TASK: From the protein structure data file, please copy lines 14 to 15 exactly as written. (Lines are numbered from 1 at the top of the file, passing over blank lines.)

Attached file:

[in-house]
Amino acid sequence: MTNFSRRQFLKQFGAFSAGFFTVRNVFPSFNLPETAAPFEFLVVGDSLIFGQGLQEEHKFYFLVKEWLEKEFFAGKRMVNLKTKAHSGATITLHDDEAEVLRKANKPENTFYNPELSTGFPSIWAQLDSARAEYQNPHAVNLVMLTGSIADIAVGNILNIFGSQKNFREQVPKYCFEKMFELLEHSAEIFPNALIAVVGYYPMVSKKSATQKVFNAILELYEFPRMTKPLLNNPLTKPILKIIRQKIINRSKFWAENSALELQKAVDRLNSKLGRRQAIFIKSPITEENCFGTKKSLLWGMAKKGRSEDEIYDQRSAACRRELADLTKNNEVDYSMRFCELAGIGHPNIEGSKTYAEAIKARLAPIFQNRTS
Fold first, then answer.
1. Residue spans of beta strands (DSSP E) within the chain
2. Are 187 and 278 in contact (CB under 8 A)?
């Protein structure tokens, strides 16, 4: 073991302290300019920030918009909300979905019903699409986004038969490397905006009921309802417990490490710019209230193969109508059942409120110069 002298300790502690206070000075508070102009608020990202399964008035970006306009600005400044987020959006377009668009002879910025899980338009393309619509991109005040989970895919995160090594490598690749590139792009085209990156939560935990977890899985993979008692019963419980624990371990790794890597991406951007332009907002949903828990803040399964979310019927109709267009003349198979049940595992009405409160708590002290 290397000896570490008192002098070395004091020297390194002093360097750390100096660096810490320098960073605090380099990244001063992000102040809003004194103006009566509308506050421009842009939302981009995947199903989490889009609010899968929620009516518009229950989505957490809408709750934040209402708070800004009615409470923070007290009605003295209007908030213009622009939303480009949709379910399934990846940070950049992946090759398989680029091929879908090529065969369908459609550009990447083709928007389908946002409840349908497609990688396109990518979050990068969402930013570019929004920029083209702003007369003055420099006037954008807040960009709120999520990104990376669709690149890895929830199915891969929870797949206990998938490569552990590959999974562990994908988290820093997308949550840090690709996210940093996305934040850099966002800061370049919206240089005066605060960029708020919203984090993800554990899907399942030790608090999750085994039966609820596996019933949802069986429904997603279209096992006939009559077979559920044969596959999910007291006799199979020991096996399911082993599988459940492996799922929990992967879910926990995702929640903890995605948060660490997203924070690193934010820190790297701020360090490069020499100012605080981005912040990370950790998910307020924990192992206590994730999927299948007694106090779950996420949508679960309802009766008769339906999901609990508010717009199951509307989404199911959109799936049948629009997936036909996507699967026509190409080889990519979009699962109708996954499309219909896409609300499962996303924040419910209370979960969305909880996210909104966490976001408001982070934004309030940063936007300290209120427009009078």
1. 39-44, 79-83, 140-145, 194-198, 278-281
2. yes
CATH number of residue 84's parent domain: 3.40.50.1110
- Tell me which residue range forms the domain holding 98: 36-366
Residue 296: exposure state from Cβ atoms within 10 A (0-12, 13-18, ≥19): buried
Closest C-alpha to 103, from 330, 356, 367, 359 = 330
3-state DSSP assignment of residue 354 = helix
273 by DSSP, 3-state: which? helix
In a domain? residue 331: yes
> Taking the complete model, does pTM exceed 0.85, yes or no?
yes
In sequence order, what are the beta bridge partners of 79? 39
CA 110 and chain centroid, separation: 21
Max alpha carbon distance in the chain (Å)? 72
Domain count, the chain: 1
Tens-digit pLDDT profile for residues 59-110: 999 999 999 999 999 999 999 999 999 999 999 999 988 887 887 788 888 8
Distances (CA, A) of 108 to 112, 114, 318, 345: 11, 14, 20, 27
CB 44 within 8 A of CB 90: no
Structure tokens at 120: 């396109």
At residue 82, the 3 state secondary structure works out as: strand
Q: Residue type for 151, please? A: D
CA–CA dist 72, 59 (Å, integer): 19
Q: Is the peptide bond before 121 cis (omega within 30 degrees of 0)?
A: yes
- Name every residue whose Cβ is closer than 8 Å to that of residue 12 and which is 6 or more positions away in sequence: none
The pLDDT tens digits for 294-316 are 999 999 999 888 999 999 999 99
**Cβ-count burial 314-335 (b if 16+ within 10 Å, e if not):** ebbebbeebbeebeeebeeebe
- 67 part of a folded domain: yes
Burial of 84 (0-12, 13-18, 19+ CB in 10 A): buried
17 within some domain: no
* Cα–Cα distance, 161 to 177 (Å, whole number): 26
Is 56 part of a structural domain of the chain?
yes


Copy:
273 by DSSP, 3-state: which? helix
In a domain? residue 331: yes